Huawei training centre creates opportunities for Angola in information technology

22 August 2016

Angola is one of only seven African countries where Chinese group Huawei has created training centres, which, according to researcher Benjamin Tsui are an opportunity for these countries to acquire knowledge in information technology.

Tsui, in a study for the China-Africa Research Initiative, at US Johns Hopkins University, argues that the involvement of telecommunications groups such as Huawei “can help improve infrastructure and cultivate local staff through transfer of knowledge and technology.”

The researcher makes a number of recommendations to the governments of countries where the Chinese group is present, including the establishment of partnerships with schools and universities, providing training programmes and internships and also with local telecommunications companies.

Creating incentives for foreign companies to set up training centres and more flexible labour legislation are other recommendations made by US researchers.

The Director of Huawei in Angola, James Yang said in 2015 the subsidiary of the Chinese group had already given telecommunications training to over 800 Angolan technicians, having created more than 500 jobs since it entered the Angolan market in 2006.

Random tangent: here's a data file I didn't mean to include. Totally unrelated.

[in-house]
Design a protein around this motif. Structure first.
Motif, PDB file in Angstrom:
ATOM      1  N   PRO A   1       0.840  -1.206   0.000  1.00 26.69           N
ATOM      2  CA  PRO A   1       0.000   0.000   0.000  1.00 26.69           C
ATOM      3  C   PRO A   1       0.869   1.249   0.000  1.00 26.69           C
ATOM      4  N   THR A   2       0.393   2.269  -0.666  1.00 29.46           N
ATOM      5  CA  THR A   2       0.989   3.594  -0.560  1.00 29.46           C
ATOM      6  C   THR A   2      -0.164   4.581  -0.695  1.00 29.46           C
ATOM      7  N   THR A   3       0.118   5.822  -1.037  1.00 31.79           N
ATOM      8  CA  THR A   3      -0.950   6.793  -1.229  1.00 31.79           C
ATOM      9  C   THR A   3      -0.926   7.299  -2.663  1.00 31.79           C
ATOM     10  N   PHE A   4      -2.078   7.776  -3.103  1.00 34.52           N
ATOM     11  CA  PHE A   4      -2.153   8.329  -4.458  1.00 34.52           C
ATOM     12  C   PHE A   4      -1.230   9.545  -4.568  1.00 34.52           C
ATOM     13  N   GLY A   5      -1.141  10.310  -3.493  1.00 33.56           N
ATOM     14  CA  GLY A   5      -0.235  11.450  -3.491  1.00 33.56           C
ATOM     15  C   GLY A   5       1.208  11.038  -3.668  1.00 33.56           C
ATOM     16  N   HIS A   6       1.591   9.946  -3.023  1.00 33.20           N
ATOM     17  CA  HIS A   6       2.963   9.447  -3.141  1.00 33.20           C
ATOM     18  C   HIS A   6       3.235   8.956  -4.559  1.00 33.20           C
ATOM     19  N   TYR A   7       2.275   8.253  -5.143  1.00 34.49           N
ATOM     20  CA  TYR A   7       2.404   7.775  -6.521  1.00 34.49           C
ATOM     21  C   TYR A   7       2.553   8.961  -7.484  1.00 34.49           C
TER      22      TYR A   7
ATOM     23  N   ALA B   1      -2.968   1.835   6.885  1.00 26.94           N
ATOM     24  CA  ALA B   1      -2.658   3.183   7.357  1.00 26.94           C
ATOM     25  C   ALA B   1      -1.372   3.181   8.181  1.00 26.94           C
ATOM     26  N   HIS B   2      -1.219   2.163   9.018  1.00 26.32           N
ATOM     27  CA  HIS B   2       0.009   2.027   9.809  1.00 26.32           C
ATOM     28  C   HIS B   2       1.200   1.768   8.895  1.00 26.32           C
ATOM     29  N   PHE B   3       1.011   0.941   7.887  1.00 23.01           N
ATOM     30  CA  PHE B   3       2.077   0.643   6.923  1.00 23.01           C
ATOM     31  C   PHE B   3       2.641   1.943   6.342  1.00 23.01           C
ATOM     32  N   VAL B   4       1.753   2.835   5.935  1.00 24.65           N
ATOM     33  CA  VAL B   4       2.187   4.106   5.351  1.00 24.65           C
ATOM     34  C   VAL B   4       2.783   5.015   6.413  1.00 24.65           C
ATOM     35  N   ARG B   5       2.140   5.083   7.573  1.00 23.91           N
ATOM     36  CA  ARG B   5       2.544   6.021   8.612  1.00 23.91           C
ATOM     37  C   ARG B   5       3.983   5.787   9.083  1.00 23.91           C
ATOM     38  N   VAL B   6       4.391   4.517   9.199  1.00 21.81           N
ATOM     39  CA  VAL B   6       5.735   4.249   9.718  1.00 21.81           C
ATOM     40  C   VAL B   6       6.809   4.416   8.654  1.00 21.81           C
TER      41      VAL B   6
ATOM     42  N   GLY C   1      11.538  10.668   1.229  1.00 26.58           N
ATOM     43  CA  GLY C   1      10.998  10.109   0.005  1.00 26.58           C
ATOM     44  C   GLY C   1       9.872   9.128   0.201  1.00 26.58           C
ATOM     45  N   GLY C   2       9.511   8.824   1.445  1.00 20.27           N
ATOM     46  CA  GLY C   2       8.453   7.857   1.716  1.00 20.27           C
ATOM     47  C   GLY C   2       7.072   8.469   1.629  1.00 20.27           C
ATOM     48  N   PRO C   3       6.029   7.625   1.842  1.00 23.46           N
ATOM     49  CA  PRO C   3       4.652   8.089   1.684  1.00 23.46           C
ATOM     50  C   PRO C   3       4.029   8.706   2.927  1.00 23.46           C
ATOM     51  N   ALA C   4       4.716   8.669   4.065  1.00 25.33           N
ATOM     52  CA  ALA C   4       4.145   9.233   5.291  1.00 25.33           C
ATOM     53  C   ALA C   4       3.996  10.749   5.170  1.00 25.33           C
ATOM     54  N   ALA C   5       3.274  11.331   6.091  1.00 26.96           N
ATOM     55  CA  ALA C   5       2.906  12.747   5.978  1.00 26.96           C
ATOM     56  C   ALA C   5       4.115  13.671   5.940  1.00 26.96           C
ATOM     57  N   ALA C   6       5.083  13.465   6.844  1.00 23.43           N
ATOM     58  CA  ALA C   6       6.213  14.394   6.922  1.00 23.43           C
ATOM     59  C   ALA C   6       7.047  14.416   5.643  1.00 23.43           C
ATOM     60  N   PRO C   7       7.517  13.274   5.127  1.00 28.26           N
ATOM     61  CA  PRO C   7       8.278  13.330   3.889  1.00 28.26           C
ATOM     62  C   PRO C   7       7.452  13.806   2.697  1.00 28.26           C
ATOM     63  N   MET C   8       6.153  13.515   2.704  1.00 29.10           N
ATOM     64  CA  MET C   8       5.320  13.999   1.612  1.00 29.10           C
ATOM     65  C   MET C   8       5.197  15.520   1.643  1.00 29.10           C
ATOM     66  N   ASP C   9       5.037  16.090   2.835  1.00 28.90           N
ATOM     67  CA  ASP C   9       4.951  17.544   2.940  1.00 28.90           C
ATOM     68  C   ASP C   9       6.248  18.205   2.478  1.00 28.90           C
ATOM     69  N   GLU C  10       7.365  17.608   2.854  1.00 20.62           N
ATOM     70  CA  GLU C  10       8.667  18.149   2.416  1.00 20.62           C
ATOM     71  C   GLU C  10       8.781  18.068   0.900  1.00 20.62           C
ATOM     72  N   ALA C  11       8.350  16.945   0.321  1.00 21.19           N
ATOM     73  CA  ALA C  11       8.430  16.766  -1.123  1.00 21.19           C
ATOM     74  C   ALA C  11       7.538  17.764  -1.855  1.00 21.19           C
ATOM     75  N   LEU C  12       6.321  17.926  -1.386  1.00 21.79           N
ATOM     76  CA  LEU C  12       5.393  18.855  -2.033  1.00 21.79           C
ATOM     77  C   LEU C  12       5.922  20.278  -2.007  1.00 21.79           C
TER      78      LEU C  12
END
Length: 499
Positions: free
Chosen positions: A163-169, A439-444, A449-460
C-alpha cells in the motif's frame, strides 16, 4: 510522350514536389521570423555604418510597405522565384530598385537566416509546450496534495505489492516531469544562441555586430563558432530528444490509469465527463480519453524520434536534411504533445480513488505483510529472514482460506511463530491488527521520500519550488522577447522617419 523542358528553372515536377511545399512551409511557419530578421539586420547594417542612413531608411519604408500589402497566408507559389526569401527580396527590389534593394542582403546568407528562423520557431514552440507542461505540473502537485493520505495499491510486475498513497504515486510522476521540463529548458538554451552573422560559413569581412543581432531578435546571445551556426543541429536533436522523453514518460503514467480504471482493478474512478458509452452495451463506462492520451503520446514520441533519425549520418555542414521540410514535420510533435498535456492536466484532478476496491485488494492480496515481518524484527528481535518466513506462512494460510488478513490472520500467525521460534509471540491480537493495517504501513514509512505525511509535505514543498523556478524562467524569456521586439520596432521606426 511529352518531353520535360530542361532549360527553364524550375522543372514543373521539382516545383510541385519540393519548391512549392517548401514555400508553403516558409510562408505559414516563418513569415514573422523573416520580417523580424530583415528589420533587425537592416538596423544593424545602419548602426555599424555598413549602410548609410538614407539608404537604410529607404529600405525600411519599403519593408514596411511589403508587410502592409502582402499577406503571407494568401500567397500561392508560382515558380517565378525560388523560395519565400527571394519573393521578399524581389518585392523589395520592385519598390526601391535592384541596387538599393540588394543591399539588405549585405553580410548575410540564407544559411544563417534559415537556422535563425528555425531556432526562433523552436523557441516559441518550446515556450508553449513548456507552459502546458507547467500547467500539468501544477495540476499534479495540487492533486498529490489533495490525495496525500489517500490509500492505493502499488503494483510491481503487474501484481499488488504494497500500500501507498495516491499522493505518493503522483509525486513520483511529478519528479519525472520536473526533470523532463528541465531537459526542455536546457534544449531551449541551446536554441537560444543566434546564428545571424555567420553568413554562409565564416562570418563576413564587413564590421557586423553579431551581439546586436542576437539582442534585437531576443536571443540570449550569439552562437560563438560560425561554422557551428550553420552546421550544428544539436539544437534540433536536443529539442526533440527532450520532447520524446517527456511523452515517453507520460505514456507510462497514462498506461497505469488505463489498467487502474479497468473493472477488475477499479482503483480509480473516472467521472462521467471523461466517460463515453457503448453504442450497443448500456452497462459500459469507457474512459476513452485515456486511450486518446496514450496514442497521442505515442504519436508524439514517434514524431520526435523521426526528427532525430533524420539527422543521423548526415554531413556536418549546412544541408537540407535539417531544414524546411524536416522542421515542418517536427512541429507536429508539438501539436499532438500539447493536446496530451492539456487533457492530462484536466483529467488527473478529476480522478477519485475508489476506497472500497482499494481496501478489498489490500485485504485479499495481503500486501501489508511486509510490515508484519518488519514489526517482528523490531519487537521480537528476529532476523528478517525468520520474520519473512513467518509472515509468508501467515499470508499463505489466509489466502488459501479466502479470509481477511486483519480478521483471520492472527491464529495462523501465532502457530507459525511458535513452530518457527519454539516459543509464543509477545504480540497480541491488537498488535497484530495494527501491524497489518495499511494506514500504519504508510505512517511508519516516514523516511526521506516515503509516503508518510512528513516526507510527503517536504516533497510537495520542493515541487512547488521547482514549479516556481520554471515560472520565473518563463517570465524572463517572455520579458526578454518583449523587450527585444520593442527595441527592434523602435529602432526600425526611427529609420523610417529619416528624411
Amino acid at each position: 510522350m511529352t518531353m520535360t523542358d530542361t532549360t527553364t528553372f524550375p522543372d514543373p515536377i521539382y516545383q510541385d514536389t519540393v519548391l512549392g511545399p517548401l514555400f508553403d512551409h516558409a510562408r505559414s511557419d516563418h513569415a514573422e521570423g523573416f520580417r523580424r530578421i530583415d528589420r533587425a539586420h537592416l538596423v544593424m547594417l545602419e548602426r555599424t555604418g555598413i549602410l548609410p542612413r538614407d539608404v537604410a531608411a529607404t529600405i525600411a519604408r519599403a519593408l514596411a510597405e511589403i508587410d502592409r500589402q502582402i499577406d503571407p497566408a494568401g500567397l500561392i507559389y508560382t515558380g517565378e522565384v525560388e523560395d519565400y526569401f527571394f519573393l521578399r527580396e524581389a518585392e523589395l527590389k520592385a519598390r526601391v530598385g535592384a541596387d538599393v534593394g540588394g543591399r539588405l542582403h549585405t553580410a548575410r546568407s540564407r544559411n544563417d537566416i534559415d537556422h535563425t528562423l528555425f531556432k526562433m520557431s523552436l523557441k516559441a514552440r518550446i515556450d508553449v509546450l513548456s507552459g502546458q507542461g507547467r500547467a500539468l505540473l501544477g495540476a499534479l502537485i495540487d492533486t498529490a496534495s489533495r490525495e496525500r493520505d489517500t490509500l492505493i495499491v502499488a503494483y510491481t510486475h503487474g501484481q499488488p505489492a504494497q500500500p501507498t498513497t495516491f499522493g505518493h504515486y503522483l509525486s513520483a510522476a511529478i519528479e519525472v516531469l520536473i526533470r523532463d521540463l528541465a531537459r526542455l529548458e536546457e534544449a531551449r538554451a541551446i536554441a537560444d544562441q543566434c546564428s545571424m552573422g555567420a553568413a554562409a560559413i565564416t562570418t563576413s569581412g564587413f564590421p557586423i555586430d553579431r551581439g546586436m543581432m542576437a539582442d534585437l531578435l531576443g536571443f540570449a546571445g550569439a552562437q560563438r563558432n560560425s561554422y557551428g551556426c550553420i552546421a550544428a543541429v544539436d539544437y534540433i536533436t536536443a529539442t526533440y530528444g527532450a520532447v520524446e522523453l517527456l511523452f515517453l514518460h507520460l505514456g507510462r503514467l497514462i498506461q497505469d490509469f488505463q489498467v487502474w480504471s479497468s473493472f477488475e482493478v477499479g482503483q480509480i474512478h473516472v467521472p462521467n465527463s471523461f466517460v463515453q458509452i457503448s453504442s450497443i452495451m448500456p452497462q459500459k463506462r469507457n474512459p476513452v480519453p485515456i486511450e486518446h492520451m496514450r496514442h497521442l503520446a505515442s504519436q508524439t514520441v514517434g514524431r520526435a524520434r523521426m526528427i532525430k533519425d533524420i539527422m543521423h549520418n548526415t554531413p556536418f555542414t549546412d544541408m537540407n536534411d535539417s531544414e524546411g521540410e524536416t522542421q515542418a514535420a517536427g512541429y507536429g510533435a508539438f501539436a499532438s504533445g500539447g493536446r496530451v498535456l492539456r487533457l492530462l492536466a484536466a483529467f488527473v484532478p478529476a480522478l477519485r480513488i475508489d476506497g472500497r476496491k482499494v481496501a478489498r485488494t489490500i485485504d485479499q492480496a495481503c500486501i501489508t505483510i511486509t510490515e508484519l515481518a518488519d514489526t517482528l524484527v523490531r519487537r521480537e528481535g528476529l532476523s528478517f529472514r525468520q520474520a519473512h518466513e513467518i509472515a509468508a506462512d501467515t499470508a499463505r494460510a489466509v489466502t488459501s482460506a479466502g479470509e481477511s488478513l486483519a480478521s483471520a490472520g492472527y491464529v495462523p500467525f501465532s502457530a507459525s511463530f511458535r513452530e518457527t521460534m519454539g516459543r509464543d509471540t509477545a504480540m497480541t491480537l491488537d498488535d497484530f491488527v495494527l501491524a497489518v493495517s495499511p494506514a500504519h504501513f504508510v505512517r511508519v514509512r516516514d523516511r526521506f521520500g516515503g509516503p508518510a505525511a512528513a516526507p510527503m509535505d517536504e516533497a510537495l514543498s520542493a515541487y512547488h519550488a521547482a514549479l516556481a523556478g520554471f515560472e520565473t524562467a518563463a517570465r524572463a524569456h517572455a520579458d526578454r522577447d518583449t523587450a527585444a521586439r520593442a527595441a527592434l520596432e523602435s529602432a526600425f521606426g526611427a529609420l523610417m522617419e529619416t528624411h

Huawei is considered a market leader in Angola, where its results increased between 15% and 20% in 2015, according to the director of the subsidiary, which has an exclusive contract with the country’s largest telecom operator, Unitel.

In Mozambique, the Huawei group is also preparing training in information and communication technologies as part of a project called “Mozambican Seeds for the Future” in collaboration with the Ministry of Labour, Employment and Social Security, the vice president of the group, Guo Tian Min, said recently in Maputo.

In all the African countries, Huawei provides training to about 12,000 students per year, establishing the aims, within the framework of social responsibility, of knowledge transfer and hiring of skilled local labour.

Benjamin Tsui said the focus on African workers, who make up about 60% of the Huawei’s workforce in Africa, was also justified by the rapid expansion of the information technology industry in these countries, the knowledge of local realities, lower costs than bringing Chinese workers and also by legal incentives for local hiring.

Angola, one of the telecommunications markets with greatest growth in recent years in Africa, also attracted another Chinese group from the sector, ZTE, which launched with Movicel, another Angolan operator in the country, the fourth-generation network (4G). (macauhub/AO/CN)